Forget AI, APs Are Far More Likely To Do Us In

Prophets of doom like Elon Musk and even the late Stephen Hawking believe Artificial Intelligence (AI) is the greatest existential threat to mankind. They envision the invention of a sufficiently advanced AI that is far more intelligent, faster and powerful than humanity, and which might end up enslaving us at best, or eliminating us at worst. At this point in time such speculation is nothing more than science fiction, but we don’t need to envision technology from the future when we’re living with rogue Artificial Persons (APs) that have already enslaved us and are currently plotting our demise. I’m speaking of corporations, of course.

An Artificial Person is “an entity established by law and given at least some legal rights and duties of a human being.” The most common types of APs are corporations.

This past month, Glasgow Scotland played host to COP26 where the largest delegation by far was sent by the fossil fuel corporations. According to Global Witness, more than 500 lobbyists for the likes of Shell, Gazprom and BP were in attendance from countries like Canada, Russia and Brazil. Simply put, these corporations sent human delegates to lobby for humanity’s demise, and rather than causing an outcry, it was treated as “business as usual.”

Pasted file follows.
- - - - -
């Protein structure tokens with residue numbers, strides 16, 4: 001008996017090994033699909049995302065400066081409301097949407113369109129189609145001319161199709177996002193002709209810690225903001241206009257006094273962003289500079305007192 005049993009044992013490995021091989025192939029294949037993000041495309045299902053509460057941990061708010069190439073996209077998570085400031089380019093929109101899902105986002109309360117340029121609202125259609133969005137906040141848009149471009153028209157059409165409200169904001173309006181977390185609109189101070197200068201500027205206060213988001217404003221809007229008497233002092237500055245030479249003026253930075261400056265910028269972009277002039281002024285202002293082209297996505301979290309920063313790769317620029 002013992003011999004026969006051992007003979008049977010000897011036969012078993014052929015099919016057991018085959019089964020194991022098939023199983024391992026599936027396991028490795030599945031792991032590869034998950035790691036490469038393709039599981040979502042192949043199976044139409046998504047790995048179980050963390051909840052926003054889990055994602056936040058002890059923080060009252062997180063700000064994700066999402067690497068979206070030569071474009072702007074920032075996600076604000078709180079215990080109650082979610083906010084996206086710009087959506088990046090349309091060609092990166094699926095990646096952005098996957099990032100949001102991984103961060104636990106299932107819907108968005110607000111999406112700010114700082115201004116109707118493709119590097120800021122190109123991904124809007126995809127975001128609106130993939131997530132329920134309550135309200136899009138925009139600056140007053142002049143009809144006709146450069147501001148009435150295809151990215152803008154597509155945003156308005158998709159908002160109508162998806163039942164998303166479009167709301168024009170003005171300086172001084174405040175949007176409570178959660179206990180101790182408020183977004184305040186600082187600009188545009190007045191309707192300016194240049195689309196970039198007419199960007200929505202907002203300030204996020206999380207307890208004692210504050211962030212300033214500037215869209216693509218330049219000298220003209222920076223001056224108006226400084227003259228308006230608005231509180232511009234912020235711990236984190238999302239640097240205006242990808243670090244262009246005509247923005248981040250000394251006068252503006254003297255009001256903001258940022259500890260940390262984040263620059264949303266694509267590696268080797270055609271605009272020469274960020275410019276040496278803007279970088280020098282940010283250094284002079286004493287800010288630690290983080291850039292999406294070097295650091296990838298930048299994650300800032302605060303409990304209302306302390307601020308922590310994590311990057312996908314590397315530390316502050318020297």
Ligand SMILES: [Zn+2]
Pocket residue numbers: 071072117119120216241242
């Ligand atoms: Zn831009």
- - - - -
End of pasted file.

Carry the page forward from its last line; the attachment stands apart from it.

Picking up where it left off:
How is this possible? A timeline might be helpful:

  • 1970s — Neoliberal economics introduces deregulation, allowing corporations to increasingly escape government oversight
  • 1978 — US corporations are granted First Amendment rights to free speech
  • 2008 — Corporations become too big to fail
  • 2010 — “Citizens United” defines political spending as “free speech” effectively granting corporations control over US Government elections

In other words, corporations have captured (at least) the US Government. Joel Bakan’s book, The Corporation, paints a gruesome picture of the implications:

“Corporations are pathological institutions whose legally defined mandate is to pursue relentlessly and without exception its own economic self-interest, regardless of the harmful consequences it might cause to humanity.”

For APs, economic self-interest means finding more and more fossil fuels to add to their reserves, as well as committing to digging them up and selling them. Unfortunately for humanity, the most common reason for the sale of fossil fuels is to consume them, releasing the kind of greenhouse gases that are driving our current and growing climate catastrophe. In fact, if all the known fossil fuel reserves from back in 2016 were burned, the planet would warm by an estimated 6.4 to 9.5 degrees, on average, likely resulting in billions of deaths.

For APs, this externalized cost is an acceptable one since it’s unlikely to cause the complete collapse of industrial civilization. Maybe. At any rate, human extinction would be avoided since corporations take care of their own, providing their executives with outsized compensation packages that will allow them to save themselves as long as they remain committed to sacrificing the rest of us (no wonder income disparity is at an all time high). Of course, it may end up being a Pyrrhic victory, since quality of life at ten degrees of warming is unlikely to make existence worth enduring.